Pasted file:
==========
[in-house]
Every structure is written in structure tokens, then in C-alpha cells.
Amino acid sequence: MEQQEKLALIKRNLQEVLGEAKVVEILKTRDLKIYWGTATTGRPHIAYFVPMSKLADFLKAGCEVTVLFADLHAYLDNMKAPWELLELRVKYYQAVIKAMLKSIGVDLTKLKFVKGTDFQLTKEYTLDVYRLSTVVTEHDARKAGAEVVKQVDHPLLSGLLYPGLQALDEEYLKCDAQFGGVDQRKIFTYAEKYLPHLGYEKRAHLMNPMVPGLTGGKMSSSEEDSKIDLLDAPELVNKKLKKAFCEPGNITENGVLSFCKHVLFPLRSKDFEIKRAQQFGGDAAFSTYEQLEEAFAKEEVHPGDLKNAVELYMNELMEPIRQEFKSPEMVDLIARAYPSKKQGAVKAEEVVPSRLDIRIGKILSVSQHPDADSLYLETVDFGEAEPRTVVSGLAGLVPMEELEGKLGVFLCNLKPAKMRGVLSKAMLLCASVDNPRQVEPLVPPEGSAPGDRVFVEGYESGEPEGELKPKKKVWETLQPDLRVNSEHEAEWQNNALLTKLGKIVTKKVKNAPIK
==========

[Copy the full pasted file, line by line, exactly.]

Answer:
[in-house]
Every structure is written in structure tokens, then in C-alpha cells.
Amino acid sequence: MEQQEKLALIKRNLQEVLGEAKVVEILKTRDLKIYWGTATTGRPHIAYFVPMSKLADFLKAGCEVTVLFADLHAYLDNMKAPWELLELRVKYYQAVIKAMLKSIGVDLTKLKFVKGTDFQLTKEYTLDVYRLSTVVTEHDARKAGAEVVKQVDHPLLSGLLYPGLQALDEEYLKCDAQFGGVDQRKIFTYAEKYLPHLGYEKRAHLMNPMVPGLTGGKMSSSEEDSKIDLLDAPELVNKKLKKAFCEPGNITENGVLSFCKHVLFPLRSKDFEIKRAQQFGGDAAFSTYEQLEEAFAKEEVHPGDLKNAVELYMNELMEPIRQEFKSPEMVDLIARAYPSKKQGAVKAEEVVPSRLDIRIGKILSVSQHPDADSLYLETVDFGEAEPRTVVSGLAGLVPMEELEGKLGVFLCNLKPAKMRGVLSKAMLLCASVDNPRQVEPLVPPEGSAPGDRVFVEGYESGEPEGELKPKKKVWETLQPDLRVNSEHEAEWQNNALLTKLGKIVTKKVKNAPIK